When Dr. Sharaheh (Sherry) Ghodousi was a dental student at U of M, she was known for her ability to work with patients who had troubled backgrounds or behaved in challenging ways.
“I was famous for managing patients who needed understanding,” says the gregarious dentist.
The Iranian-born Ghodousi is a 2015 graduate of the College of Dentistry’s International Dentist Degree Program (IDDP). It prepares foreign-trained dentists for accreditation in Canada by adding them to an existing dental class for the final two years of the four-year degree program.
Dr. Anthony Iacopino, dean of dentistry, Rady Faculty of Health Sciences remembers Ghodousi’s warm, engaging chairside manner at the college. He confirms that she won the trust of the most challenging patients.
“It takes a special kind of student – often a mature student – to deal with difficult people,” Iacopino says. Students in the IDDP often bring an extra degree of empathy, he says, because of their life experiences and practice in other countries.
Now the Winnipeg dental community has gained another sunny-natured colleague: Sherry’s younger brother, Dr. Amirali (Amir) Ghodousi. He completed the IDDP in 2017, after practising for seven years in Iran. “If the clinic was burning down around him, he’d still be smiling,” Iacopino says about Amir.
The siblings hope their 33-year-old sister, dentist Parisa Ghodousi, will be next to qualify for her Canadian licence via the IDDP. Each year, more than 270 applicants compete for six to nine spots in the program.
Yet another Ghodousi dentist sister lives in Ottawa, but is so far not seeking Canadian accreditation.
Sherry and her husband, fellow Iranian dentist Dr. Arash Foroughi, came to Winnipeg in 2012 because they had heard good things about the IDDP. The cosmopolitan couple had owned five clinics in Tehran and Dubai, but wanted to immigrate to a safer, more stable country. They initially planned to settle in Vancouver after Sherry’s studies, but fell in love with Winnipeg.
Foroughi took the direct path to licensure by passing the required exams and started practising, while Sherry took the university route, encouraging Amir to follow her. Both she and her brother praise the College of Dentistry for giving them vital knowledge of how to practise in Canada.
“When you go to a new country, you need to learn their attitudes, their laws, their systems, their paperwork,” Sherry says. “Dentistry is dentistry, but you need to understand the customs, beliefs and habits of the people.”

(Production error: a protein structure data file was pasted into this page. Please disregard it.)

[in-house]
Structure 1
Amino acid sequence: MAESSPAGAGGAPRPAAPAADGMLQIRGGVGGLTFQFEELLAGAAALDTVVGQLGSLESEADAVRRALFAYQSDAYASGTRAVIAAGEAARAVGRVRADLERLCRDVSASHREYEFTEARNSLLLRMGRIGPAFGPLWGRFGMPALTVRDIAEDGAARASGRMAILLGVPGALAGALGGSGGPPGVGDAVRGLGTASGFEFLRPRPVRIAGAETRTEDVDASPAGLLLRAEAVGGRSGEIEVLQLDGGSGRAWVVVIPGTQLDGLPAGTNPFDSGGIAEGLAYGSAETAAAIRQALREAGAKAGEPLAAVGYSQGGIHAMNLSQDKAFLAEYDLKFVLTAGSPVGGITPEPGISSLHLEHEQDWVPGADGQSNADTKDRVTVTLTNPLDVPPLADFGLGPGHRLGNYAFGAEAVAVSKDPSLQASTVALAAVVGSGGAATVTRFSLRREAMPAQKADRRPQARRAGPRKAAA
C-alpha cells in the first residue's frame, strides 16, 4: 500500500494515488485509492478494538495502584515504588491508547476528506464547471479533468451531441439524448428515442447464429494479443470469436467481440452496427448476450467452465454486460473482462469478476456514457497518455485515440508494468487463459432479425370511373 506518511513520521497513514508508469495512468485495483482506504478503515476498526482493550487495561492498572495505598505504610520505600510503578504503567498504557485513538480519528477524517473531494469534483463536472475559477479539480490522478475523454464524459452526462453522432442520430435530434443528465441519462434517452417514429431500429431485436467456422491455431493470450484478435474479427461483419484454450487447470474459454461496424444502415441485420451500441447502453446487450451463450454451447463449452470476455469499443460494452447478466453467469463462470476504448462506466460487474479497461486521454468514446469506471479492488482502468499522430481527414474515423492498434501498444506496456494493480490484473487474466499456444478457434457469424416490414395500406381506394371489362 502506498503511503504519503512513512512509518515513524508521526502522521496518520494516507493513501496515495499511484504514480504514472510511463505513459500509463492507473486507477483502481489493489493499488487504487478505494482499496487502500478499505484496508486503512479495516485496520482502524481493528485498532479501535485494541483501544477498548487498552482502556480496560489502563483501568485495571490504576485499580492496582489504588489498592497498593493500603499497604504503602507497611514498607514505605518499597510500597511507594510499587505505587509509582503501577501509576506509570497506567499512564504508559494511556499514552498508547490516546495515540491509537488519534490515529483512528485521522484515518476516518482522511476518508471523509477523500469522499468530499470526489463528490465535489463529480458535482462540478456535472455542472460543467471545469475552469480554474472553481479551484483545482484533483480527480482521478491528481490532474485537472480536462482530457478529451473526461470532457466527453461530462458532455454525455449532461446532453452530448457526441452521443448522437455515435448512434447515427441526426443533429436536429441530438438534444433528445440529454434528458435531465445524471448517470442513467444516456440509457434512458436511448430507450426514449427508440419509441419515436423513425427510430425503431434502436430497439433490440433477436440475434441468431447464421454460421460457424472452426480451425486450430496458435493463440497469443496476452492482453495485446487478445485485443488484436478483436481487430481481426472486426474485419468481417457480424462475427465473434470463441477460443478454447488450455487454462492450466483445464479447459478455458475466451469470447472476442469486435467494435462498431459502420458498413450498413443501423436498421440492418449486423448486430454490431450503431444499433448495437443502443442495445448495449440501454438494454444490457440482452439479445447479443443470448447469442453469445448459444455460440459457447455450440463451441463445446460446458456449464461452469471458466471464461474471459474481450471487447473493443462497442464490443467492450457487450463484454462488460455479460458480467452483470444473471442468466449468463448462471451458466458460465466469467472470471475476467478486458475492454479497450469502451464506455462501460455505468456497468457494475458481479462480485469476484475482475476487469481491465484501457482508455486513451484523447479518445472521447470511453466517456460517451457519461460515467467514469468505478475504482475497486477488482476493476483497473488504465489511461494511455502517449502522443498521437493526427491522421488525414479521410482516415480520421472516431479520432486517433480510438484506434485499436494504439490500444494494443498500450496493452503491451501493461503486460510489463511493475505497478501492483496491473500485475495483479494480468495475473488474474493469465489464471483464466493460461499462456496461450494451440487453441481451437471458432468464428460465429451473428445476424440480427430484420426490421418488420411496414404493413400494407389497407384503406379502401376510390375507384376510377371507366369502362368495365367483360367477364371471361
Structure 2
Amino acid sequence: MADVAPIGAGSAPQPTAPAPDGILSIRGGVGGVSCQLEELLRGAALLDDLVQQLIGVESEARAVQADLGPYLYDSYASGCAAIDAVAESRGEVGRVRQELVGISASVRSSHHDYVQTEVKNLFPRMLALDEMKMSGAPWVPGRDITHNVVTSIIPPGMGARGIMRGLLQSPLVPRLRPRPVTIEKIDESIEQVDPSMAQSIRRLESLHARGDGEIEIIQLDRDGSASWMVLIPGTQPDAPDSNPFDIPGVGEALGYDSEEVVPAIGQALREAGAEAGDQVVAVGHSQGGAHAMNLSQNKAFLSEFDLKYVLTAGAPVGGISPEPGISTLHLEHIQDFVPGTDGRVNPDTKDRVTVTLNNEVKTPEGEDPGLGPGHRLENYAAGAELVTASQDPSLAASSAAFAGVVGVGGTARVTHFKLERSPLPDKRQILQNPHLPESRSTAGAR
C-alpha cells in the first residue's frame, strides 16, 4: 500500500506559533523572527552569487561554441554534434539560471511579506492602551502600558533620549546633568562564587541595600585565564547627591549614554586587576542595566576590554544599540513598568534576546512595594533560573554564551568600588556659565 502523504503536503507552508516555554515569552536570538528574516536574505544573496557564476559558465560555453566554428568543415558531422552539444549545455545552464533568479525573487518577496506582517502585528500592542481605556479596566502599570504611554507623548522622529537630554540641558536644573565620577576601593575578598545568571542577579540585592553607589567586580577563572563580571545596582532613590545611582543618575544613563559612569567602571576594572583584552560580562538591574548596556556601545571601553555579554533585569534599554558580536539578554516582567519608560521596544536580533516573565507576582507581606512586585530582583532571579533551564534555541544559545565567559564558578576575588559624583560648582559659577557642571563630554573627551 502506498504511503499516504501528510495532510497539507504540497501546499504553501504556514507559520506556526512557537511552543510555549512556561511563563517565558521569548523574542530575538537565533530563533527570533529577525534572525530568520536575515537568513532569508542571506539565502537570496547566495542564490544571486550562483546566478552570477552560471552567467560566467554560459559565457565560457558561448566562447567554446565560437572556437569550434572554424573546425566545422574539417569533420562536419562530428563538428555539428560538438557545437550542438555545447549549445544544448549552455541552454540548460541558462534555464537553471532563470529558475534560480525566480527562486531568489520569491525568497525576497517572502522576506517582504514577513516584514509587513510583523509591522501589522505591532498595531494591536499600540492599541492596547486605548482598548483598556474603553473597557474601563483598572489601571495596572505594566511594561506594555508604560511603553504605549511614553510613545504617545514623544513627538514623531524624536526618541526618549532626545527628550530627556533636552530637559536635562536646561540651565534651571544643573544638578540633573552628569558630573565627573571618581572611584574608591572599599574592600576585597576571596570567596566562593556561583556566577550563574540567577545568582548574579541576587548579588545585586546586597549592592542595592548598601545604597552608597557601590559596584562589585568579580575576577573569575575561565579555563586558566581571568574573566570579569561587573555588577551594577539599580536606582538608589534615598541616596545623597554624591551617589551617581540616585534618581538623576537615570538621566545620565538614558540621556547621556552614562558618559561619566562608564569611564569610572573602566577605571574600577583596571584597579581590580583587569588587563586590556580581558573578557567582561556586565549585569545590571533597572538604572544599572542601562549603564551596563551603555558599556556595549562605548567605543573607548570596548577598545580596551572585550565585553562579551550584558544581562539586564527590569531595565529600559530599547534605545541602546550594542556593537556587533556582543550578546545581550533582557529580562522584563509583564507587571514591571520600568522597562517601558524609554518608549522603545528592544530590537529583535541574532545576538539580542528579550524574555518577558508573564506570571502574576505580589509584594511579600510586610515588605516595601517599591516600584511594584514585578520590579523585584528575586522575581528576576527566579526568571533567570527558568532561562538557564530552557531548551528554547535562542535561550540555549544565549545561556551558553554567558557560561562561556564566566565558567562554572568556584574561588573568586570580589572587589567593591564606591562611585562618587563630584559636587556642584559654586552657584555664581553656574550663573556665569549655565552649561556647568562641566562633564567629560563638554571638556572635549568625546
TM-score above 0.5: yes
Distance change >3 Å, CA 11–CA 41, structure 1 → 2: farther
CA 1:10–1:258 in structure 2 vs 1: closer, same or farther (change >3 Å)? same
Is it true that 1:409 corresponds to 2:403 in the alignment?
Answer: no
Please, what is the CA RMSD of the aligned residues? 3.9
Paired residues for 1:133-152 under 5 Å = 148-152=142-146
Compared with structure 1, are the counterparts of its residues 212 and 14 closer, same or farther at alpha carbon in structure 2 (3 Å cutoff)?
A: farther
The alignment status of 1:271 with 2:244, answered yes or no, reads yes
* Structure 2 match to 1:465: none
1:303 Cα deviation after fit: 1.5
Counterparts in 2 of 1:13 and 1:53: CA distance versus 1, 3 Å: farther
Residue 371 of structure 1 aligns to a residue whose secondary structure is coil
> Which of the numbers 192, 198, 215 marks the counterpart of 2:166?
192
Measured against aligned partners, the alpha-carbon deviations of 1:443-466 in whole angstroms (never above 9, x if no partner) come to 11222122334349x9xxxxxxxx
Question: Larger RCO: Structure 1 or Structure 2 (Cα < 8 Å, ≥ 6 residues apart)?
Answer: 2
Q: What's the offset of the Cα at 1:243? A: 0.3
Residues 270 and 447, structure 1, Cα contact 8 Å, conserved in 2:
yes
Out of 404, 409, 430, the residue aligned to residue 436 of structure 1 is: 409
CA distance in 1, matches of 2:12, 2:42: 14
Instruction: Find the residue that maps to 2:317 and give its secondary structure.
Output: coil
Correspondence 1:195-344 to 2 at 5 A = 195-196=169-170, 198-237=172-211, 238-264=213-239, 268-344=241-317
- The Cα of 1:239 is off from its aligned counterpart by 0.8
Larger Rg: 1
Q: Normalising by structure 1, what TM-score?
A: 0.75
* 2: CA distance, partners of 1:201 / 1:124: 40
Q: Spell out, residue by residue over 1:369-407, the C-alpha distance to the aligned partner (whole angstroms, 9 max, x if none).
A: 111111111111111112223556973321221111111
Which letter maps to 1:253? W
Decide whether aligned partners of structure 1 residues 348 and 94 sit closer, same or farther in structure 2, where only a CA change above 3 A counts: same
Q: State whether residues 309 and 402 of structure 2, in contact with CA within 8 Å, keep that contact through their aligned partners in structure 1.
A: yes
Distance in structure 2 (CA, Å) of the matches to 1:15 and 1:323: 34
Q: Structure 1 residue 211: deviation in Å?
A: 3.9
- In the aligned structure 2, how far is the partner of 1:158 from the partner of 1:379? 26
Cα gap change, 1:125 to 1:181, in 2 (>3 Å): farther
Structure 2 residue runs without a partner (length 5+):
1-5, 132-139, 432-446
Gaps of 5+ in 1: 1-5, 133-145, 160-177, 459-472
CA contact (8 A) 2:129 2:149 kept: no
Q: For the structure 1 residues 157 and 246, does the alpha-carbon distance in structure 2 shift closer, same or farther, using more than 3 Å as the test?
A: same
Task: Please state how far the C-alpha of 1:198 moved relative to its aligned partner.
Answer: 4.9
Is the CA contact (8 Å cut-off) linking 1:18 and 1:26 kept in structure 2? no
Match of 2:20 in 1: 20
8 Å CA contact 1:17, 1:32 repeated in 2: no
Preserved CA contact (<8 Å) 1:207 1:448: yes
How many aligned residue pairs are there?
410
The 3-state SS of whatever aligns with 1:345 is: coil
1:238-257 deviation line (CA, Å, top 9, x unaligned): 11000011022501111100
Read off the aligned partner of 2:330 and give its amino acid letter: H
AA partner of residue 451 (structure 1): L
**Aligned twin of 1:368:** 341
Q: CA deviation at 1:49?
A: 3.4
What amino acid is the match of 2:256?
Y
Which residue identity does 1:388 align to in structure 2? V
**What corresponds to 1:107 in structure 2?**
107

When Sherry graduated in 2015, she and Foroughi bought Redwood Dental Centre, a longstanding clinic in Winnipeg’s North End. The neighbourhood has high rates of poverty and crime, but that doesn’t faze the outgoing Sherry. The clientele and staff are growing.
“We’ve had some challenges, but my idea is everybody deserves to have good health and a good dentist,” she says. The area is ethnically diverse and the clinic welcomes refugees, adds the multilingual Sherry.
Amir has joined Matheson Dental Centre, located nearby on the same street. He’s also at ease with patients of all circumstances and backgrounds. “Most of the patients are lovely,” he says. “It’s a matter of communication.”
Sherry has become a part-time U of M instructor in pediatric dentistry. Amir would like to teach as well. “The university did lots of things for us,” he says. “Now it’s our turn to support the university.”
They say they’ve made valuable connections with their U of M instructors and classmates, as well as the Manitoba Dental Association (Sherry sang and danced in last year’s MDA-sponsored All-Dentist Musical).
They’ve convinced their parents to move to Winnipeg. They’ve also persuaded several international dentists to relocate here. “Everybody jokes with me, ‘You should be the mayor!’” says Sherry.
The family’s long-term vision is to co-own a chain of Winnipeg clinics. “We’re very happy here,” Amir says. “The most important thing is to be in a friendly community.”